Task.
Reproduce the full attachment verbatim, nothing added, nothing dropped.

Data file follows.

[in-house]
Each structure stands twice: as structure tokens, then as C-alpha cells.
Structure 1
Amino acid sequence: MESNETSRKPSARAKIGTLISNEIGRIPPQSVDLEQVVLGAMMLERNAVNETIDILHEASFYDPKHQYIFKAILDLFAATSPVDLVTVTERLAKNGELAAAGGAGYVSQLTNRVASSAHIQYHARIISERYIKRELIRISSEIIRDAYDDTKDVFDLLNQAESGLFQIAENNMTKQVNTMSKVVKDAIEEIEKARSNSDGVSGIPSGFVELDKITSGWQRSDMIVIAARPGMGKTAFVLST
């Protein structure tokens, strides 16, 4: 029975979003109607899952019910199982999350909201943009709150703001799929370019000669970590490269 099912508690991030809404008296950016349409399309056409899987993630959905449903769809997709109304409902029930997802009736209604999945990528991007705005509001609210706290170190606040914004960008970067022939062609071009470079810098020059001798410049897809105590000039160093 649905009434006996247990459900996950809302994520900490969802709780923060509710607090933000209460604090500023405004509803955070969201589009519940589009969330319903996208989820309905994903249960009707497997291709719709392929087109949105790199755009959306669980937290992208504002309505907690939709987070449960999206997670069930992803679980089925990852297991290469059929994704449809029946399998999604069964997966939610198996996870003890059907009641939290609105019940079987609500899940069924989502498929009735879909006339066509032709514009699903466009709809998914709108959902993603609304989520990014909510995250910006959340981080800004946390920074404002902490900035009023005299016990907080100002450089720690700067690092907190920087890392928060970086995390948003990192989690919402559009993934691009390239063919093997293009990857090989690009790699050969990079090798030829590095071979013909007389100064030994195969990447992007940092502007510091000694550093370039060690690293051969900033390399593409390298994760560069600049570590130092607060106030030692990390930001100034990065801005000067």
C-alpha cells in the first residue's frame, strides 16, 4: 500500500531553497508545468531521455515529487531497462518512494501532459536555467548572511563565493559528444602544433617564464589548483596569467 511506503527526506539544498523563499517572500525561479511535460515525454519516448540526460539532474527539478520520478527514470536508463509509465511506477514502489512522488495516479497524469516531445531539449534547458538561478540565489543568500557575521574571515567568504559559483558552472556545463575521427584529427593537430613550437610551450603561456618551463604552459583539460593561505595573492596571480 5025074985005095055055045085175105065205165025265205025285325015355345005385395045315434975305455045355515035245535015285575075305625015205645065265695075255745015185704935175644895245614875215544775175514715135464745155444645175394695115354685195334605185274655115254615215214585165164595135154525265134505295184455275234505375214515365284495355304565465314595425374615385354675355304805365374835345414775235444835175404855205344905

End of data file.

[in-house]
Each structure stands twice: as structure tokens, then as C-alpha cells.
Structure 1
Amino acid sequence: MESNETSRKPSARAKIGTLISNEIGRIPPQSVDLEQVVLGAMMLERNAVNETIDILHEASFYDPKHQYIFKAILDLFAATSPVDLVTVTERLAKNGELAAAGGAGYVSQLTNRVASSAHIQYHARIISERYIKRELIRISSEIIRDAYDDTKDVFDLLNQAESGLFQIAENNMTKQVNTMSKVVKDAIEEIEKARSNSDGVSGIPSGFVELDKITSGWQRSDMIVIAARPGMGKTAFVLST
């Protein structure tokens, strides 16, 4: 029975979003109607899952019910199982999350909201943009709150703001799929370019000669970590490269 099912508690991030809404008296950016349409399309056409899987993630959905449903769809997709109304409902029930997802009736209604999945990528991007705005509001609210706290170190606040914004960008970067022939062609071009470079810098020059001798410049897809105590000039160093 649905009434006996247990459900996950809302994520900490969802709780923060509710607090933000209460604090500023405004509803955070969201589009519940589009969330319903996208989820309905994903249960009707497997291709719709392929087109949105790199755009959306669980937290992208504002309505907690939709987070449960999206997670069930992803679980089925990852297991290469059929994704449809029946399998999604069964997966939610198996996870003890059907009641939290609105019940079987609500899940069924989502498929009735879909006339066509032709514009699903466009709809998914709108959902993603609304989520990014909510995250910006959340981080800004946390920074404002902490900035009023005299016990907080100002450089720690700067690092907190920087890392928060970086995390948003990192989690919402559009993934691009390239063919093997293009990857090989690009790699050969990079090798030829590095071979013909007389100064030994195969990447992007940092502007510091000694550093370039060690690293051969900033390399593409390298994760560069600049570590130092607060106030030692990390930001100034990065801005000067």
C-alpha cells in the first residue's frame, strides 16, 4: 500500500531553497508545468531521455515529487531497462518512494501532459536555467548572511563565493559528444602544433617564464589548483596569467 511506503527526506539544498523563499517572500525561479511535460515525454519516448540526460539532474527539478520520478527514470536508463509509465511506477514502489512522488495516479497524469516531445531539449534547458538561478540565489543568500557575521574571515567568504559559483558552472556545463575521427584529427593537430613550437610551450603561456618551463604552459583539460593561505595573492596571480 5025074985005095055055045085175105065205165025265205025285325015355345005385395045315434975305455045355515035245535015285575075305625015205645065265695075255745015185704935175644895245614875215544775175514715135464745155444645175394695115354685195334605185274655115254615215214585165164595135154525265134505295184455275234505375214515365284495355304565465314595425374615385354675355304805365374835345414775235444835175404855205344905